Retaining younger workers relies on the digital experience

Published on the 26/09/2023 | Written by Heather Wright

Retaining younger workers relies on the digital experience

The CIO as chief talent officer…

Tech leaders are concerned that failure to meet increasing technology demands from a younger workforce will lead to talent drain and disrupted productivity, reputation and performance.

Riverbed’s Global Digital Employee Experience (DEX) Survey 2023 found that globally 68 percent of the enterprise IT decision makers surveyed fear younger employees will leave the company if IT fails to meet their digital experience needs. Fears of productivity, reputation and performance damage were equally high at 63 percent globally.

“Delivering a better digital experience is getting harder, rather than easier.”

In Australia, the rising demands from younger workers are also being noted alongside concerns about meeting those demands, with 41 percent of IT and business leaders foreseeing disruptions if expectations aren’t met and 26 percent predicting potential ‘reputation-damaging’ consequences. Sixty-four percent expect younger employees to consider leaving the business if their digital needs aren’t met.

The results come as the number of ‘digital natives’ in the workforce climbs and Baby Boomers wane. In Australia, Millennials and Gen Zs will fill over 75 percent of jobs in the next 10 years, with all Baby Boomers having hit 65 by 2030. 

That changing of the guard is leading to increased expectations for digital experiences and intensified pressure on IT resources – as, no doubt is the general increase in tech use in both our private and work lives.

Millennials and Gen Zers were flagged as the groups with the highest expectations for technology at work and nearly all – 91 percent – of decision makers globally said they would need to provide more advanced digital experiences to meet the needs of those workers.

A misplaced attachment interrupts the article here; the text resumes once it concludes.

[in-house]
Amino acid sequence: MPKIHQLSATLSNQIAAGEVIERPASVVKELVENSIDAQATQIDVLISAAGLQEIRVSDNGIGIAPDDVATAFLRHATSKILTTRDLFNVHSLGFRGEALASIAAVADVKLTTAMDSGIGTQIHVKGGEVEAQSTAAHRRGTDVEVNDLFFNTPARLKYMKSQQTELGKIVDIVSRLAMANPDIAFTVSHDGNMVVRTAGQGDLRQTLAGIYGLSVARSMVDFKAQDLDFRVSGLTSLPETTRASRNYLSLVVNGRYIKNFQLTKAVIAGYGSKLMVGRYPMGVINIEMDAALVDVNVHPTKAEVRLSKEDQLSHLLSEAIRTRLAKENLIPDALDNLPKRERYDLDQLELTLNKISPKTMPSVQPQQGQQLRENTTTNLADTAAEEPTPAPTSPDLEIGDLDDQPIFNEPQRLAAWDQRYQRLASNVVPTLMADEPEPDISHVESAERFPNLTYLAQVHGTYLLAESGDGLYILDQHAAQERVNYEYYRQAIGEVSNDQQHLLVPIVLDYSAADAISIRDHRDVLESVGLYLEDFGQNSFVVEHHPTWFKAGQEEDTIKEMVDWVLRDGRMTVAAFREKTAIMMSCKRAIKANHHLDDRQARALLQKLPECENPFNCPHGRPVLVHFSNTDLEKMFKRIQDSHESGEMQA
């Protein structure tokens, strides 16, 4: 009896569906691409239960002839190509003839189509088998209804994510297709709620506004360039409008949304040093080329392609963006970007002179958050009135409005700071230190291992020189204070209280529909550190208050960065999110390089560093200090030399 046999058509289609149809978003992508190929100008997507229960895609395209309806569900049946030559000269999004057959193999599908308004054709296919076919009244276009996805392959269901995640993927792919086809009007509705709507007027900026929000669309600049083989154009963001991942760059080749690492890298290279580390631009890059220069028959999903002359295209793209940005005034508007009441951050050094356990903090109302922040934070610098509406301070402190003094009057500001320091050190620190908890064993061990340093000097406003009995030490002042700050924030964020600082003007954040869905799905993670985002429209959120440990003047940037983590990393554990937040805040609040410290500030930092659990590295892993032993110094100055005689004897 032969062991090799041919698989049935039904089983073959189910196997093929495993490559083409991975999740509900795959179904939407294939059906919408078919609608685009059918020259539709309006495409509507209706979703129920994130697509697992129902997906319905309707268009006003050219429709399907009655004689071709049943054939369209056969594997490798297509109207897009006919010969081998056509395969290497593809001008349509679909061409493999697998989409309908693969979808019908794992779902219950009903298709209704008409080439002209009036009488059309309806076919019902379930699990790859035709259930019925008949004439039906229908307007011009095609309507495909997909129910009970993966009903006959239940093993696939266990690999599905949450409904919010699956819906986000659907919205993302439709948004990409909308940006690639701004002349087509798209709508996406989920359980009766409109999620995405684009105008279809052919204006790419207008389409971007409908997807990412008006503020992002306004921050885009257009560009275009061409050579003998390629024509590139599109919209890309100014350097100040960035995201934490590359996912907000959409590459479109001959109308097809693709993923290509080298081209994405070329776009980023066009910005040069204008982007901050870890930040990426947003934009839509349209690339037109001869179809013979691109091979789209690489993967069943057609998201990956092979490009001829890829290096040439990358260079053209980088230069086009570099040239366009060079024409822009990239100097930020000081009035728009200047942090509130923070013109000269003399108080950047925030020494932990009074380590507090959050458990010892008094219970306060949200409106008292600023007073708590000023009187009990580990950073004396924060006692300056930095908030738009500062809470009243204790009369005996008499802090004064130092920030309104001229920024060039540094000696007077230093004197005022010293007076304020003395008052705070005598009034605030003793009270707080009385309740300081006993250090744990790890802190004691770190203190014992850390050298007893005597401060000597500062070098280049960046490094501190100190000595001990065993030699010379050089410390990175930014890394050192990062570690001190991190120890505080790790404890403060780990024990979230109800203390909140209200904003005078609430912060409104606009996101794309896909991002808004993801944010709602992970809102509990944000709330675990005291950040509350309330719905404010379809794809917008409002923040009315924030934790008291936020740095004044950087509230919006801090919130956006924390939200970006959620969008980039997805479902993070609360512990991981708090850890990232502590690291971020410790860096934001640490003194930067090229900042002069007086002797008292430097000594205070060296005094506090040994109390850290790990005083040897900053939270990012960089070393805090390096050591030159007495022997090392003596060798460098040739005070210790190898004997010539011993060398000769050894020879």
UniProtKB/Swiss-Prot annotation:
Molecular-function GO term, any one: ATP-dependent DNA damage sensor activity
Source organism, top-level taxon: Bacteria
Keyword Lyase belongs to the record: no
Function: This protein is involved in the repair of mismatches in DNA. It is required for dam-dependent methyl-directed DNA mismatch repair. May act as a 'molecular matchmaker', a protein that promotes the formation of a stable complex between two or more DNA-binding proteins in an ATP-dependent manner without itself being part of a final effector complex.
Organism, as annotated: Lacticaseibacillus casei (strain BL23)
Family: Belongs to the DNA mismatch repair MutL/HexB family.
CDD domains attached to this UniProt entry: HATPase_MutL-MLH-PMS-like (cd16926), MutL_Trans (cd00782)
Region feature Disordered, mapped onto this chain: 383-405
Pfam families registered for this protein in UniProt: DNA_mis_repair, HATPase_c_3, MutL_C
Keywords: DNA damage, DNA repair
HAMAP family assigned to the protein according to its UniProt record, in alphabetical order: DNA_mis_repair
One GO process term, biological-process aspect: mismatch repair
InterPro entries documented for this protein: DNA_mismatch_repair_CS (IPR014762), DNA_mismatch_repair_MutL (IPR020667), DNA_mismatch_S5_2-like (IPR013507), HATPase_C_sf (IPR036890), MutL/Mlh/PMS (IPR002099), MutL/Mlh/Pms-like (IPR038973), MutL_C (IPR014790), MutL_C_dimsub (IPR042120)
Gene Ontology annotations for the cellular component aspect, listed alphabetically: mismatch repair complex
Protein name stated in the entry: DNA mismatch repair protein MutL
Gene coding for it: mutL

It’s a situation that has Riverbed CEO Dave Donatelli suggesting that CIOs are essentially becoming a chief talent officer as well.

Indeed, nearly half (48 percent) of Australia IT decision makers said seamless DEX is the most important aspect for employee engagement – ahead of office perks such as happy hours (27 percent), and free coffee and snacks (14 percent).

It is, however, a delicate balance. While workers want technology, a growing body of research suggests we’re reaching app overload, highlighting further the need for smart digital employee experience, which provides a smooth experience, without the need for 10 different digital tools. A Harvard Business Review study found workers are toggling apps around 1,200 times every day, while the 2022 State of Workplace Technology report found 89 percent of global IT professionals felt bloated technology led to significant time-wasting every week. 

Given the near-unanimous acknowledgement of the risks companies which don’t meet workers’ digital expectations face, most leaders – 92 percent globally – say investing in DEX is among their top priorities for the next five years with plans to accelerate digital experience adoption and implementation also running high. 

But for the 1,800 IT decision makers from 10 countries surveyed in the Global DEX Survey 2023, delivering a better digital experience is getting harder, rather than easier, with 87 percent saying slow-running systems and apps, and outdated technology, were directly impacting their growth and performance. 

Among the biggest obstacles to delivering digital experience are budget constraints, talent shortages, inadequate observability tools, lack of appropriate cloud services and software-as-a-service apps and too much data.

As the push for digital technologies continues, AI, cloud and automation were seen by respondents as business-critical for their organisations in the next 18 months, though AI was less favoured in Australia (37 percent versus the global average of 45 percent).

“By prioritising investments in DEX and solutions such as unified observability and AI,  and by empowering IT teams to enhance the digital workplace, organisations can attract and retain top talent, outperform competitors and achieve sustainable growth,” the report says.

“Aligning IT initiatives with the goal of delivering exceptional digital experiences creates a positive feedback loop, leading to higher employee engagement, customer satisfaction and overall business success.”

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